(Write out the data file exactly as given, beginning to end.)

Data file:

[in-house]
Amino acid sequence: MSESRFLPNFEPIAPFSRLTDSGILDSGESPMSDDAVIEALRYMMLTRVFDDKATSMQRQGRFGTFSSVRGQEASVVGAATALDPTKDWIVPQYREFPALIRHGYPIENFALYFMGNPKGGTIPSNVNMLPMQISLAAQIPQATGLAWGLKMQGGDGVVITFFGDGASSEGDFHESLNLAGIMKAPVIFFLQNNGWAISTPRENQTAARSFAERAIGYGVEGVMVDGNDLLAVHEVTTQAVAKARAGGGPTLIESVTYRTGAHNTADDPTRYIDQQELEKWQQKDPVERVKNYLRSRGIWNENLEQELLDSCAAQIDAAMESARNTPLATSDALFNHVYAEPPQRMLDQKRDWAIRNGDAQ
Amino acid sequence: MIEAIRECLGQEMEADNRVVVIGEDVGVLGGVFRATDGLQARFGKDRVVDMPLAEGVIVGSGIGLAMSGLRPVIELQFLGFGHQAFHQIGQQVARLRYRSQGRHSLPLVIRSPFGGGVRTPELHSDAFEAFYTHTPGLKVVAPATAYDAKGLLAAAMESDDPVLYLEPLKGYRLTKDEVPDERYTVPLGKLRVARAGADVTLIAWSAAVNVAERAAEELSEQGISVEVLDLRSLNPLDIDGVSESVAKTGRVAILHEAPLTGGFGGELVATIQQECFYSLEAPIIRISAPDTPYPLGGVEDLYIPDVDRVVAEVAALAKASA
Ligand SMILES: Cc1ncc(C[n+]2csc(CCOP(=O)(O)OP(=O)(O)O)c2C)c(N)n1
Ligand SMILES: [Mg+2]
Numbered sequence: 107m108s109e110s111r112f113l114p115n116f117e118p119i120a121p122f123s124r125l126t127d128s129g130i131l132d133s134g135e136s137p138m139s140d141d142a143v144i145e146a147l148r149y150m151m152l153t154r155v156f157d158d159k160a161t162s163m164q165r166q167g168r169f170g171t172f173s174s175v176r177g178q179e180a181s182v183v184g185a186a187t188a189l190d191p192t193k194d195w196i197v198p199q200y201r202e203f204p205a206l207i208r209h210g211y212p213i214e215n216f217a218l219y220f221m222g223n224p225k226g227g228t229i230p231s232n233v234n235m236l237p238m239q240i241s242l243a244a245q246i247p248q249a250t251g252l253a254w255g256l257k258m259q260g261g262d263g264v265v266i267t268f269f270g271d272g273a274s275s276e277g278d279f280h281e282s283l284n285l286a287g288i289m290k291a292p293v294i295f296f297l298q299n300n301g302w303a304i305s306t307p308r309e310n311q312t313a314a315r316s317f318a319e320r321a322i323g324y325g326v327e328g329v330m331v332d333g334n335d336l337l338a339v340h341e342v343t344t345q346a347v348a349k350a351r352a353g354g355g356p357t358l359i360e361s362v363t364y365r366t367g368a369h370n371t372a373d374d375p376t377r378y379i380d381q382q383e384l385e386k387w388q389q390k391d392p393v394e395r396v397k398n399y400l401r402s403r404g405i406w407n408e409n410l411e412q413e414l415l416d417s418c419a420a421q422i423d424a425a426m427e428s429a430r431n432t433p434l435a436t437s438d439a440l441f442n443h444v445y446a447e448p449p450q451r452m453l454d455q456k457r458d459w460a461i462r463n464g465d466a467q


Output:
[in-house]
Amino acid sequence: MSESRFLPNFEPIAPFSRLTDSGILDSGESPMSDDAVIEALRYMMLTRVFDDKATSMQRQGRFGTFSSVRGQEASVVGAATALDPTKDWIVPQYREFPALIRHGYPIENFALYFMGNPKGGTIPSNVNMLPMQISLAAQIPQATGLAWGLKMQGGDGVVITFFGDGASSEGDFHESLNLAGIMKAPVIFFLQNNGWAISTPRENQTAARSFAERAIGYGVEGVMVDGNDLLAVHEVTTQAVAKARAGGGPTLIESVTYRTGAHNTADDPTRYIDQQELEKWQQKDPVERVKNYLRSRGIWNENLEQELLDSCAAQIDAAMESARNTPLATSDALFNHVYAEPPQRMLDQKRDWAIRNGDAQ
Amino acid sequence: MIEAIRECLGQEMEADNRVVVIGEDVGVLGGVFRATDGLQARFGKDRVVDMPLAEGVIVGSGIGLAMSGLRPVIELQFLGFGHQAFHQIGQQVARLRYRSQGRHSLPLVIRSPFGGGVRTPELHSDAFEAFYTHTPGLKVVAPATAYDAKGLLAAAMESDDPVLYLEPLKGYRLTKDEVPDERYTVPLGKLRVARAGADVTLIAWSAAVNVAERAAEELSEQGISVEVLDLRSLNPLDIDGVSESVAKTGRVAILHEAPLTGGFGGELVATIQQECFYSLEAPIIRISAPDTPYPLGGVEDLYIPDVDRVVAEVAALAKASA
Ligand SMILES: Cc1ncc(C[n+]2csc(CCOP(=O)(O)OP(=O)(O)O)c2C)c(N)n1
Ligand SMILES: [Mg+2]
Numbered sequence: 107m108s109e110s111r112f113l114p115n116f117e118p119i120a121p122f123s124r125l126t127d128s129g130i131l132d133s134g135e136s137p138m139s140d141d142a143v144i145e146a147l148r149y150m151m152l153t154r155v156f157d158d159k160a161t162s163m164q165r166q167g168r169f170g171t172f173s174s175v176r177g178q179e180a181s182v183v184g185a186a187t188a189l190d191p192t193k194d195w196i197v198p199q200y201r202e203f204p205a206l207i208r209h210g211y212p213i214e215n216f217a218l219y220f221m222g223n224p225k226g227g228t229i230p231s232n233v234n235m236l237p238m239q240i241s242l243a244a245q246i247p248q249a250t251g252l253a254w255g256l257k258m259q260g261g262d263g264v265v266i267t268f269f270g271d272g273a274s275s276e277g278d279f280h281e282s283l284n285l286a287g288i289m290k291a292p293v294i295f296f297l298q299n300n301g302w303a304i305s306t307p308r309e310n311q312t313a314a315r316s317f318a319e320r321a322i323g324y325g326v327e328g329v330m331v332d333g334n335d336l337l338a339v340h341e342v343t344t345q346a347v348a349k350a351r352a353g354g355g356p357t358l359i360e361s362v363t364y365r366t367g368a369h370n371t372a373d374d375p376t377r378y379i380d381q382q383e384l385e386k387w388q389q390k391d392p393v394e395r396v397k398n399y400l401r402s403r404g405i406w407n408e409n410l411e412q413e414l415l416d417s418c419a420a421q422i423d424a425a426m427e428s429a430r431n432t433p434l435a436t437s438d439a440l441f442n443h444v445y446a447e448p449p450q451r452m453l454d455q456k457r458d459w460a461i462r463n464g465d466a467q